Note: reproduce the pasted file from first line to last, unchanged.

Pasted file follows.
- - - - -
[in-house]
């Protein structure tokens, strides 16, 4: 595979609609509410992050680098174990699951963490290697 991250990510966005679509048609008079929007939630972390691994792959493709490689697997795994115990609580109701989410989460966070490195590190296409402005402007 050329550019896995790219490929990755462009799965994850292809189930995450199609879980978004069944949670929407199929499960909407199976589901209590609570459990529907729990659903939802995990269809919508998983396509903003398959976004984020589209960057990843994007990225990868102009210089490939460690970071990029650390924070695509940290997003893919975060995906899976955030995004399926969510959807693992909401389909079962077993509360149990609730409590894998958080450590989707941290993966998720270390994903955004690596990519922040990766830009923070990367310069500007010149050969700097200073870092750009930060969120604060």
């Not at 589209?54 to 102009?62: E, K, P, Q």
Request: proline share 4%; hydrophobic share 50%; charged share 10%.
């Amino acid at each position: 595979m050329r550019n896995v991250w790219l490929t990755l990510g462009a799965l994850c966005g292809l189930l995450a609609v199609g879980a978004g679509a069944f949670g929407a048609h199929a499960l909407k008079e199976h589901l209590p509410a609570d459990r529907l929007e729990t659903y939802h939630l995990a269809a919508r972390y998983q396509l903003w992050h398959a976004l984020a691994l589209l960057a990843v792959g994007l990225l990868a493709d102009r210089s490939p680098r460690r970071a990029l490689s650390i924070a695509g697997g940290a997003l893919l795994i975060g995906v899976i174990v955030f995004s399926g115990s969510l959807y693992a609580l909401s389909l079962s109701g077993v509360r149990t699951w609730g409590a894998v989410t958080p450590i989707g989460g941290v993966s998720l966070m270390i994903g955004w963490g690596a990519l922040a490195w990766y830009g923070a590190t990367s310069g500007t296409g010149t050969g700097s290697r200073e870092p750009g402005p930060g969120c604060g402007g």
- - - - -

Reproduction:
[in-house]
């Protein structure tokens, strides 16, 4: 595979609609509410992050680098174990699951963490290697 991250990510966005679509048609008079929007939630972390691994792959493709490689697997795994115990609580109701989410989460966070490195590190296409402005402007 050329550019896995790219490929990755462009799965994850292809189930995450199609879980978004069944949670929407199929499960909407199976589901209590609570459990529907729990659903939802995990269809919508998983396509903003398959976004984020589209960057990843994007990225990868102009210089490939460690970071990029650390924070695509940290997003893919975060995906899976955030995004399926969510959807693992909401389909079962077993509360149990609730409590894998958080450590989707941290993966998720270390994903955004690596990519922040990766830009923070990367310069500007010149050969700097200073870092750009930060969120604060």
């Not at 589209?54 to 102009?62: E, K, P, Q």
Request: proline share 4%; hydrophobic share 50%; charged share 10%.
């Amino acid at each position: 595979m050329r550019n896995v991250w790219l490929t990755l990510g462009a799965l994850c966005g292809l189930l995450a609609v199609g879980a978004g679509a069944f949670g929407a048609h199929a499960l909407k008079e199976h589901l209590p509410a609570d459990r529907l929007e729990t659903y939802h939630l995990a269809a919508r972390y998983q396509l903003w992050h398959a976004l984020a691994l589209l960057a990843v792959g994007l990225l990868a493709d102009r210089s490939p680098r460690r970071a990029l490689s650390i924070a695509g697997g940290a997003l893919l795994i975060g995906v899976i174990v955030f995004s399926g115990s969510l959807y693992a609580l909401s389909l079962s109701g077993v509360r149990t699951w609730g409590a894998v989410t958080p450590i989707g989460g941290v993966s998720l966070m270390i994903g955004w963490g690596a990519l922040a490195w990766y830009g923070a590190t990367s310069g500007t296409g010149t050969g700097s290697r200073e870092p750009g402005p930060g969120c604060g402007g």